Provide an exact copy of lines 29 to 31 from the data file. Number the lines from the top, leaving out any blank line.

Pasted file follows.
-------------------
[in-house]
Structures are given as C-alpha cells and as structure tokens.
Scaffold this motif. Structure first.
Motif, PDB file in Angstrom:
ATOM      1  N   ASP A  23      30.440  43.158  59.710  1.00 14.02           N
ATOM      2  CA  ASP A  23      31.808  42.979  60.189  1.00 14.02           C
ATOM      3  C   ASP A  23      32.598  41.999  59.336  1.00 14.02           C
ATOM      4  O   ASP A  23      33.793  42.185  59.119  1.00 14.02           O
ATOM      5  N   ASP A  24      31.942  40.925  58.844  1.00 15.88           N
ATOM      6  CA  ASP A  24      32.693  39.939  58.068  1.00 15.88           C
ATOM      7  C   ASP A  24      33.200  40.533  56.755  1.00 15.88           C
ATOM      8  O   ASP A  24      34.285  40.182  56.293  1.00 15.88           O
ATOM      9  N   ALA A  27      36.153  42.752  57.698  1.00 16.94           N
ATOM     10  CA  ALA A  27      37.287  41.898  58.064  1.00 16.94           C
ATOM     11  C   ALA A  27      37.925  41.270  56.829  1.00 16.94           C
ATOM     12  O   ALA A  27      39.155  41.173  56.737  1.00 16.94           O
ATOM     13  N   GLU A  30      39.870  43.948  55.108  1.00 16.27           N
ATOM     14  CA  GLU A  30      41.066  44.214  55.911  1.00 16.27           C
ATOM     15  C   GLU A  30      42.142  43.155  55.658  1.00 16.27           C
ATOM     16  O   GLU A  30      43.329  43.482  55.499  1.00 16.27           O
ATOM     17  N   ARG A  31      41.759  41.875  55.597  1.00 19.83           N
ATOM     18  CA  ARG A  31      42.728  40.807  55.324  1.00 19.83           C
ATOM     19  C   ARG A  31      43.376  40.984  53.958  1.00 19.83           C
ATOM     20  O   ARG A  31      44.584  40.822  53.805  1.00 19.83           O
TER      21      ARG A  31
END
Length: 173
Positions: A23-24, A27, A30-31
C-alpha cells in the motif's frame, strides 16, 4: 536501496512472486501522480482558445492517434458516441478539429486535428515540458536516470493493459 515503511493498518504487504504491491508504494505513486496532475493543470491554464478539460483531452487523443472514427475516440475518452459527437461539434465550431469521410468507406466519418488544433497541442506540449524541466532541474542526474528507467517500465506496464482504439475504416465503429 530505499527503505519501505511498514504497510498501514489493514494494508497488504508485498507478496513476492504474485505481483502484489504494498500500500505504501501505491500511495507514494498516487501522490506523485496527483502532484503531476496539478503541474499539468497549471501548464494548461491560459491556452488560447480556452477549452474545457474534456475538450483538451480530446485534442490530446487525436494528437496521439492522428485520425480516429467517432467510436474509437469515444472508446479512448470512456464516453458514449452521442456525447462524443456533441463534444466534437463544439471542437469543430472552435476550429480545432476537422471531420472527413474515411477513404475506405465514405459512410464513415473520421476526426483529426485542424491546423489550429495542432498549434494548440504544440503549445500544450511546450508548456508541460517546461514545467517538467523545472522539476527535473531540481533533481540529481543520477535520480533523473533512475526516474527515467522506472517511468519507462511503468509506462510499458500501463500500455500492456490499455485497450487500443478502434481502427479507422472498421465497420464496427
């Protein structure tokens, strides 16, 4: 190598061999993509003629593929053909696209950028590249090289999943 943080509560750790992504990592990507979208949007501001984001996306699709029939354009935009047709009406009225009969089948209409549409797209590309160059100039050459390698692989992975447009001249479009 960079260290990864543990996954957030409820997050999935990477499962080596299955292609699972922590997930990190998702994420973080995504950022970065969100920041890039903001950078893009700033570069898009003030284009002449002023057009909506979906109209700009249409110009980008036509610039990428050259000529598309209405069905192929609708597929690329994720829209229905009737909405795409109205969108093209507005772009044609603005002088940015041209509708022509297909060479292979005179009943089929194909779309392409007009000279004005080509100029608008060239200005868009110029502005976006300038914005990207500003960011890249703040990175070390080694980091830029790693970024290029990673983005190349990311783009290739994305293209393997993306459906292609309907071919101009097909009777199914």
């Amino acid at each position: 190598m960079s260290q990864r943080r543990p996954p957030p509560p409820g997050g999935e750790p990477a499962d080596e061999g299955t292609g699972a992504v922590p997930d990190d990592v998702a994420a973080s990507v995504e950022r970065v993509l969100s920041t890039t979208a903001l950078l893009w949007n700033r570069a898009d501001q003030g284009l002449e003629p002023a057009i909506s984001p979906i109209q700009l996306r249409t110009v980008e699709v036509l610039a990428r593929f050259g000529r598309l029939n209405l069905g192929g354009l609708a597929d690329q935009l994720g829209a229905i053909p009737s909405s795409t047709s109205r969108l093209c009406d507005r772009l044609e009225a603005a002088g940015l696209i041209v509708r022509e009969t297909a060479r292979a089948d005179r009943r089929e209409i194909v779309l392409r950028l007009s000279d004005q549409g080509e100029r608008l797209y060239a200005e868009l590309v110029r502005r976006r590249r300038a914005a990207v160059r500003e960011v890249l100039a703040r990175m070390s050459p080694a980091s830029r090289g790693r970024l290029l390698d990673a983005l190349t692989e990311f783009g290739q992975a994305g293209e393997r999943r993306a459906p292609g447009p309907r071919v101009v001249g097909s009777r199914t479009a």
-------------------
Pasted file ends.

C-alpha cells in the motif's frame, strides 16, 4: 536501496512472486501522480482558445492517434458516441478539429486535428515540458536516470493493459 515503511493498518504487504504491491508504494505513486496532475493543470491554464478539460483531452487523443472514427475516440475518452459527437461539434465550431469521410468507406466519418488544433497541442506540449524541466532541474542526474528507467517500465506496464482504439475504416465503429 530505499527503505519501505511498514504497510498501514489493514494494508497488504508485498507478496513476492504474485505481483502484489504494498500500500505504501501505491500511495507514494498516487501522490506523485496527483502532484503531476496539478503541474499539468497549471501548464494548461491560459491556452488560447480556452477549452474545457474534456475538450483538451480530446485534442490530446487525436494528437496521439492522428485520425480516429467517432467510436474509437469515444472508446479512448470512456464516453458514449452521442456525447462524443456533441463534444466534437463544439471542437469543430472552435476550429480545432476537422471531420472527413474515411477513404475506405465514405459512410464513415473520421476526426483529426485542424491546423489550429495542432498549434494548440504544440503549445500544450511546450508548456508541460517546461514545467517538467523545472522539476527535473531540481533533481540529481543520477535520480533523473533512475526516474527515467522506472517511468519507462511503468509506462510499458500501463500500455500492456490499455485497450487500443478502434481502427479507422472498421465497420464496427
């Protein structure tokens, strides 16, 4: 190598061999993509003629593929053909696209950028590249090289999943 943080509560750790992504990592990507979208949007501001984001996306699709029939354009935009047709009406009225009969089948209409549409797209590309160059100039050459390698692989992975447009001249479009 960079260290990864543990996954957030409820997050999935990477499962080596299955292609699972922590997930990190998702994420973080995504950022970065969100920041890039903001950078893009700033570069898009003030284009002449002023057009909506979906109209700009249409110009980008036509610039990428050259000529598309209405069905192929609708597929690329994720829209229905009737909405795409109205969108093209507005772009044609603005002088940015041209509708022509297909060479292979005179009943089929194909779309392409007009000279004005080509100029608008060239200005868009110029502005976006300038914005990207500003960011890249703040990175070390080694980091830029790693970024290029990673983005190349990311783009290739994305293209393997993306459906292609309907071919101009097909009777199914």
């Amino acid at each position: 190598m960079s260290q990864r943080r543990p996954p957030p509560p409820g997050g999935e750790p990477a499962d080596e061999g299955t292609g699972a992504v922590p997930d990190d990592v998702a994420a973080s990507v995504e950022r970065v993509l969100s920041t890039t979208a903001l950078l893009w949007n700033r570069a898009d501001q003030g284009l002449e003629p002023a057009i909506s984001p979906i109209q700009l996306r249409t110009v980008e699709v036509l610039a990428r593929f050259g000529r598309l029939n209405l069905g192929g354009l609708a597929d690329q935009l994720g829209a229905i053909p009737s909405s795409t047709s109205r969108l093209c009406d507005r772009l044609e009225a603005a002088g940015l696209i041209v509708r022509e009969t297909a060479r292979a089948d005179r009943r089929e209409i194909v779309l392409r950028l007009s000279d004005q549409g080509e100029r608008l797209y060239a200005e868009l590309v110029r502005r976006r590249r300038a914005a990207v160059r500003e960011v890249l100039a703040r990175m070390s050459p080694a980091s830029r090289g790693r970024l290029l390698d990673a983005l190349t692989e990311f783009g290739q992975a994305g293209e393997r999943r993306a459906p292609g447009p309907r071919v101009v001249g097909s009777r199914t479009a």